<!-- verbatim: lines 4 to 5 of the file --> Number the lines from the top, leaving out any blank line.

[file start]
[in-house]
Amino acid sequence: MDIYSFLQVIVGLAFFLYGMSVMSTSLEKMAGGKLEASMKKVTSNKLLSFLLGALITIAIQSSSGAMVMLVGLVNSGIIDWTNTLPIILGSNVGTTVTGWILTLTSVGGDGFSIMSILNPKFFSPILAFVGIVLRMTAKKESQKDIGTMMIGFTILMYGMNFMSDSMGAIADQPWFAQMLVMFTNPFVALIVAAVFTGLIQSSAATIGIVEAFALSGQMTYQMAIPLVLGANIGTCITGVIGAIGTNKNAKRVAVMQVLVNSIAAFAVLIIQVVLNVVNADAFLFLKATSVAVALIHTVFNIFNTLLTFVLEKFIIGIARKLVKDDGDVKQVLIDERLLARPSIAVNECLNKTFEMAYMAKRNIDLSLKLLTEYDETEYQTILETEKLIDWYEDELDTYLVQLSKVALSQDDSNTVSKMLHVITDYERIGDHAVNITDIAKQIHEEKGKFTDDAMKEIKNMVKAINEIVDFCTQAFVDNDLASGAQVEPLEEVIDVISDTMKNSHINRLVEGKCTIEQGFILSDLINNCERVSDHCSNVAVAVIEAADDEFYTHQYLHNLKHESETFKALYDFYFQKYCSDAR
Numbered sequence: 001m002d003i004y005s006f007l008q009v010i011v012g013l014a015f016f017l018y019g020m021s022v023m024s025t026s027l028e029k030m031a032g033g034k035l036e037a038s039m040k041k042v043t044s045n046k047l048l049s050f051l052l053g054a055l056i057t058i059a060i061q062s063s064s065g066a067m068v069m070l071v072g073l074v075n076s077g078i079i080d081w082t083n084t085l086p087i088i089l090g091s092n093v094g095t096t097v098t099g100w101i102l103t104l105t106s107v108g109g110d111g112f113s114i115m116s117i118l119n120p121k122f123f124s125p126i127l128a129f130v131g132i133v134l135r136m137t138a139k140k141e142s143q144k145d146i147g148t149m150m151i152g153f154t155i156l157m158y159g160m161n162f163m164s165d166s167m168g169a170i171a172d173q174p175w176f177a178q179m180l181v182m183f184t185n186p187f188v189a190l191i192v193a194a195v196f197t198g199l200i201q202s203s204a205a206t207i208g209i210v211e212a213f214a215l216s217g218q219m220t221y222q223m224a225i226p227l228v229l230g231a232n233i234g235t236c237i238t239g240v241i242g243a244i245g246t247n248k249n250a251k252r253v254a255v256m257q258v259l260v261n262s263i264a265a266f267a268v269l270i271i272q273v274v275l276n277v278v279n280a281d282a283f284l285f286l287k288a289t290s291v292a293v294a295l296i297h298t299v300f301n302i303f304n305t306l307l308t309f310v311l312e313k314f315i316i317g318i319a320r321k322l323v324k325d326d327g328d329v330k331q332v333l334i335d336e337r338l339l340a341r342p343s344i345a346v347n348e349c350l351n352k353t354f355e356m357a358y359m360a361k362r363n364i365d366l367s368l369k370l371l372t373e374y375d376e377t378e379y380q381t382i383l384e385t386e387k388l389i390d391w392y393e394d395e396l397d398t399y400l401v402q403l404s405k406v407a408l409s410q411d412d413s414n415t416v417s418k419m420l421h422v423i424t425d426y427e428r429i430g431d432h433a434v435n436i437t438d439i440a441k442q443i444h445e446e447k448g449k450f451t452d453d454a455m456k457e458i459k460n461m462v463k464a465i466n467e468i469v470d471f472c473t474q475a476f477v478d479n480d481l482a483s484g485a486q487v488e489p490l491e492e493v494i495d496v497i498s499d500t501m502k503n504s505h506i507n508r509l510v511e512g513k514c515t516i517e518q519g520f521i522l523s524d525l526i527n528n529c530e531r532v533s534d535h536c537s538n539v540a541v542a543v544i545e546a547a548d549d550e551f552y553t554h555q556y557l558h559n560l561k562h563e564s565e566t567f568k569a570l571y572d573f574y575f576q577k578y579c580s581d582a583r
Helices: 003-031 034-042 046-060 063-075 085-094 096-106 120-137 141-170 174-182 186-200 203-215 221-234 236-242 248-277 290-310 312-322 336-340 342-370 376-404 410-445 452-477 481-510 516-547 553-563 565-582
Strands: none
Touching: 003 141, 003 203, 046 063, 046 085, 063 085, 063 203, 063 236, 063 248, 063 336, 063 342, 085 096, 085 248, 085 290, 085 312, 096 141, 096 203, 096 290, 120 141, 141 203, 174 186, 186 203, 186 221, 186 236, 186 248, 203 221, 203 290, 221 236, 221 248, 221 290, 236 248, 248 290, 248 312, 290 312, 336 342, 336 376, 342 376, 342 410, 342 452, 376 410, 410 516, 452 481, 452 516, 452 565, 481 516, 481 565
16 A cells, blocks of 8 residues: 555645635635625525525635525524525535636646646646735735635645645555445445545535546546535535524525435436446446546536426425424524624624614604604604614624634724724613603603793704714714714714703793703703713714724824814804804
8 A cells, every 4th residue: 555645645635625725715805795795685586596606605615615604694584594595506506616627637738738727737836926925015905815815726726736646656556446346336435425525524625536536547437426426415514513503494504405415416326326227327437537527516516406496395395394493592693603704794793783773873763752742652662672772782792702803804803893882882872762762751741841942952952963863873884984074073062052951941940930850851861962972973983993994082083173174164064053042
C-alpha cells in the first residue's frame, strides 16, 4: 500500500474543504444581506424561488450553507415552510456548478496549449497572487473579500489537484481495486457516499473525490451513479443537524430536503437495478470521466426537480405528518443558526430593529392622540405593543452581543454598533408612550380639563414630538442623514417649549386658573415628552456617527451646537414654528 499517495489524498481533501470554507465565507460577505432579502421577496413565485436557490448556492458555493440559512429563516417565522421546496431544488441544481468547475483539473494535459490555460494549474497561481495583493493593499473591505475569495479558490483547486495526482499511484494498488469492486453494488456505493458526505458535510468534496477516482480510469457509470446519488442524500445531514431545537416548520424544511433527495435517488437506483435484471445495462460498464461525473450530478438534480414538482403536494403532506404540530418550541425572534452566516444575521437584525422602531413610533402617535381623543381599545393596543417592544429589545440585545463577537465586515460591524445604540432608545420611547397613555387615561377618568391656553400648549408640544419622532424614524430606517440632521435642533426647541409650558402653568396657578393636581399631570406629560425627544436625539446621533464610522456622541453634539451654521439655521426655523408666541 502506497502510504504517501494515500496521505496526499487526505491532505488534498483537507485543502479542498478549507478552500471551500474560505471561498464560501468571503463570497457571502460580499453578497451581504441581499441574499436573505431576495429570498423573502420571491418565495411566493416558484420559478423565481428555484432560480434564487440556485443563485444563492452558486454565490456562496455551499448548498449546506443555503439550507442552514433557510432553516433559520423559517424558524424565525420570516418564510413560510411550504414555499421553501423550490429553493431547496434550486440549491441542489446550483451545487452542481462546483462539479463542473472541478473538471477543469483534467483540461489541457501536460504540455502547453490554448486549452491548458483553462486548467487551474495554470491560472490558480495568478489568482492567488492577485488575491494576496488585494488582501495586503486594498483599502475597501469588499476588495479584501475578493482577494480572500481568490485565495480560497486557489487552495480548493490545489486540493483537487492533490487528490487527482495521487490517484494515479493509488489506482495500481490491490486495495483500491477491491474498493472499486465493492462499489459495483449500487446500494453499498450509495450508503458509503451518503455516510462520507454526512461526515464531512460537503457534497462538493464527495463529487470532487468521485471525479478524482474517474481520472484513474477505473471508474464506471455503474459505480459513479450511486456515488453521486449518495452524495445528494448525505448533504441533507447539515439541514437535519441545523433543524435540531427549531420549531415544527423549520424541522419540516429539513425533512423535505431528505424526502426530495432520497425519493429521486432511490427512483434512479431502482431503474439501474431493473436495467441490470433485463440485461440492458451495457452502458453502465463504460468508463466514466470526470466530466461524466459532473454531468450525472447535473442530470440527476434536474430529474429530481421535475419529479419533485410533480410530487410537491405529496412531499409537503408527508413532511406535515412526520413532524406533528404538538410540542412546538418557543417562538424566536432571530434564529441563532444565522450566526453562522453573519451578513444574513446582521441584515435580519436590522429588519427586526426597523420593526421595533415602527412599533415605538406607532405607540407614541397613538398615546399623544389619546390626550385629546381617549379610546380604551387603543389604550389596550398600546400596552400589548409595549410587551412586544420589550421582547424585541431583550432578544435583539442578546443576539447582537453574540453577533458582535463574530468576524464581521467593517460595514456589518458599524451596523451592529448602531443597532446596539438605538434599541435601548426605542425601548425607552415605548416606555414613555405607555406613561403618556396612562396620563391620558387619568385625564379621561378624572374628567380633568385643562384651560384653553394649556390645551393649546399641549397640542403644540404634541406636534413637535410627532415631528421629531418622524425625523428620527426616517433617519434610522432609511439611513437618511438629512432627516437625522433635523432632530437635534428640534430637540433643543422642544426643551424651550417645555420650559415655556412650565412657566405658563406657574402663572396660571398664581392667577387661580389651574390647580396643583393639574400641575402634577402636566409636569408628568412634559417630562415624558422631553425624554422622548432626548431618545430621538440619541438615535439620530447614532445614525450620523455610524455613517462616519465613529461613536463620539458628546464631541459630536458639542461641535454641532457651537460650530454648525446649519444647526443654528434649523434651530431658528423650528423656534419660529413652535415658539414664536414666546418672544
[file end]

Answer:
Helices: 003-031 034-042 046-060 063-075 085-094 096-106 120-137 141-170 174-182 186-200 203-215 221-234 236-242 248-277 290-310 312-322 336-340 342-370 376-404 410-445 452-477 481-510 516-547 553-563 565-582
Strands: none